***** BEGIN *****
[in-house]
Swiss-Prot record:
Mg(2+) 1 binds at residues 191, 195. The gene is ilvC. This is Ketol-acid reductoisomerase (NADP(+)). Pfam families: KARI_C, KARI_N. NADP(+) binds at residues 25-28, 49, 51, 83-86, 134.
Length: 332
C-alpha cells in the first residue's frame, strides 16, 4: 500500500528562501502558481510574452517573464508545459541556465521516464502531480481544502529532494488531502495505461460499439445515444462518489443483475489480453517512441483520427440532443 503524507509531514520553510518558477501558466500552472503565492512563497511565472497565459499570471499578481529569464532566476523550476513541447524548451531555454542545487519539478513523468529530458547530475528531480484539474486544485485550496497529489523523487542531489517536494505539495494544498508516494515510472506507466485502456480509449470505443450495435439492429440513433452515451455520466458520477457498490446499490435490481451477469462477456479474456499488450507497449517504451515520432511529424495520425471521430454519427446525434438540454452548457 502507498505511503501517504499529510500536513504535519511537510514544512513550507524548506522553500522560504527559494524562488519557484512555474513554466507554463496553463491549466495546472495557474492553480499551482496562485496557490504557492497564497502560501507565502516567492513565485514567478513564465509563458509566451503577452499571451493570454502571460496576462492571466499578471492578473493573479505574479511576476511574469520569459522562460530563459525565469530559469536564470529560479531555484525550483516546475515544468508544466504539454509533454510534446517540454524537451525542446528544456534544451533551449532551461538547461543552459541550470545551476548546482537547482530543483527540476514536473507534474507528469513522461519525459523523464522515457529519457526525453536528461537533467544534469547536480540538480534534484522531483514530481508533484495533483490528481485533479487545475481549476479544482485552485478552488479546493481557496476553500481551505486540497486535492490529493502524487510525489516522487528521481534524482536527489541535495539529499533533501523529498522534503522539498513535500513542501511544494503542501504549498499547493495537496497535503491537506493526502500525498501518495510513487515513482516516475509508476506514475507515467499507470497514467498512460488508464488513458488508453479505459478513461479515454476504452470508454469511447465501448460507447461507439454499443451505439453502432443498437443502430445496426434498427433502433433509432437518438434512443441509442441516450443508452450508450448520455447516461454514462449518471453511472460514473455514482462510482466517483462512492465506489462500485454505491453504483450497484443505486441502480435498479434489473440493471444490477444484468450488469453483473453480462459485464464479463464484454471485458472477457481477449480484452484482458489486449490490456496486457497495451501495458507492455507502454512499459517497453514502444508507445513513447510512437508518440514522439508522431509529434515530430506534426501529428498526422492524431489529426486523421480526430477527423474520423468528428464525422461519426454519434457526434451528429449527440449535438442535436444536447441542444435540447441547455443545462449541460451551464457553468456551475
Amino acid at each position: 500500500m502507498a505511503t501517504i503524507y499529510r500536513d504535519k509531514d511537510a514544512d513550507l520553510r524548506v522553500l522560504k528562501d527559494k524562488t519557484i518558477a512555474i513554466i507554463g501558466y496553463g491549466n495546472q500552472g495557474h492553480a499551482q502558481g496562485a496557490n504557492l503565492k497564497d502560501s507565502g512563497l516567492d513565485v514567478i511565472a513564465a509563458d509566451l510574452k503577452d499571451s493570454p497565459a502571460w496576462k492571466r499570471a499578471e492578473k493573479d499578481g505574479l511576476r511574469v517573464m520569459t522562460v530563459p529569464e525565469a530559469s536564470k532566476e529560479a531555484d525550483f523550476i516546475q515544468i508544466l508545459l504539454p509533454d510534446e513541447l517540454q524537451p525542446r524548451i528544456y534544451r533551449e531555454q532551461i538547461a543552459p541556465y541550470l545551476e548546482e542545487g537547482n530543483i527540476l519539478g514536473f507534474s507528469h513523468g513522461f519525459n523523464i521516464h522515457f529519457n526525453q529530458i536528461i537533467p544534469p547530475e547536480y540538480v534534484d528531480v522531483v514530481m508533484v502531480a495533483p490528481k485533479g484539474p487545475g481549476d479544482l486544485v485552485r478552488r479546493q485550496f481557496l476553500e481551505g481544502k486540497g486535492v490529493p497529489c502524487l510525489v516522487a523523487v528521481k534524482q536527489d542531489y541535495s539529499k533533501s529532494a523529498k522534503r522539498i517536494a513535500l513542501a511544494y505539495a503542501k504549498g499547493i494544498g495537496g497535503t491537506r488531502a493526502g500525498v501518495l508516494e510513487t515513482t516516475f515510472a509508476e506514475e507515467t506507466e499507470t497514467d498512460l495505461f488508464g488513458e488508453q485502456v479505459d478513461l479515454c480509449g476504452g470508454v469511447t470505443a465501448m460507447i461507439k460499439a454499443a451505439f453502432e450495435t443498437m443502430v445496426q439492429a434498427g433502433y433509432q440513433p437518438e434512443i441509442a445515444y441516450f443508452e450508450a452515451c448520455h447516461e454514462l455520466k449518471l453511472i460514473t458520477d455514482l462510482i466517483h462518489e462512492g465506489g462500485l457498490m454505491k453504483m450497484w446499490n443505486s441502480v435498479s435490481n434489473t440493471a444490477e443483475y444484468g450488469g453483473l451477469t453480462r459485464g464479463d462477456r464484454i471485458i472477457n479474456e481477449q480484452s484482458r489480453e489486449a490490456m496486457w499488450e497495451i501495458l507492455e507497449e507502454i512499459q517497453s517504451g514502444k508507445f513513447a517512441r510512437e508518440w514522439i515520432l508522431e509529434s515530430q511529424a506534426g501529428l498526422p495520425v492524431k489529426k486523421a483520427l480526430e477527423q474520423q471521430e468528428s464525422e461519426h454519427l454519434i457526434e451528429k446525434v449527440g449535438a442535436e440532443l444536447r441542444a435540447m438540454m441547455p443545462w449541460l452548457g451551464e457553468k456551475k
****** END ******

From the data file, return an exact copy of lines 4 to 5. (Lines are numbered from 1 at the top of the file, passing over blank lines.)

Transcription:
Length: 332
C-alpha cells in the first residue's frame, strides 16, 4: 500500500528562501502558481510574452517573464508545459541556465521516464502531480481544502529532494488531502495505461460499439445515444462518489443483475489480453517512441483520427440532443 503524507509531514520553510518558477501558466500552472503565492512563497511565472497565459499570471499578481529569464532566476523550476513541447524548451531555454542545487519539478513523468529530458547530475528531480484539474486544485485550496497529489523523487542531489517536494505539495494544498508516494515510472506507466485502456480509449470505443450495435439492429440513433452515451455520466458520477457498490446499490435490481451477469462477456479474456499488450507497449517504451515520432511529424495520425471521430454519427446525434438540454452548457 502507498505511503501517504499529510500536513504535519511537510514544512513550507524548506522553500522560504527559494524562488519557484512555474513554466507554463496553463491549466495546472495557474492553480499551482496562485496557490504557492497564497502560501507565502516567492513565485514567478513564465509563458509566451503577452499571451493570454502571460496576462492571466499578471492578473493573479505574479511576476511574469520569459522562460530563459525565469530559469536564470529560479531555484525550483516546475515544468508544466504539454509533454510534446517540454524537451525542446528544456534544451533551449532551461538547461543552459541550470545551476548546482537547482530543483527540476514536473507534474507528469513522461519525459523523464522515457529519457526525453536528461537533467544534469547536480540538480534534484522531483514530481508533484495533483490528481485533479487545475481549476479544482485552485478552488479546493481557496476553500481551505486540497486535492490529493502524487510525489516522487528521481534524482536527489541535495539529499533533501523529498522534503522539498513535500513542501511544494503542501504549498499547493495537496497535503491537506493526502500525498501518495510513487515513482516516475509508476506514475507515467499507470497514467498512460488508464488513458488508453479505459478513461479515454476504452470508454469511447465501448460507447461507439454499443451505439453502432443498437443502430445496426434498427433502433433509432437518438434512443441509442441516450443508452450508450448520455447516461454514462449518471453511472460514473455514482462510482466517483462512492465506489462500485454505491453504483450497484443505486441502480435498479434489473440493471444490477444484468450488469453483473453480462459485464464479463464484454471485458472477457481477449480484452484482458489486449490490456496486457497495451501495458507492455507502454512499459517497453514502444508507445513513447510512437508518440514522439508522431509529434515530430506534426501529428498526422492524431489529426486523421480526430477527423474520423468528428464525422461519426454519434457526434451528429449527440449535438442535436444536447441542444435540447441547455443545462449541460451551464457553468456551475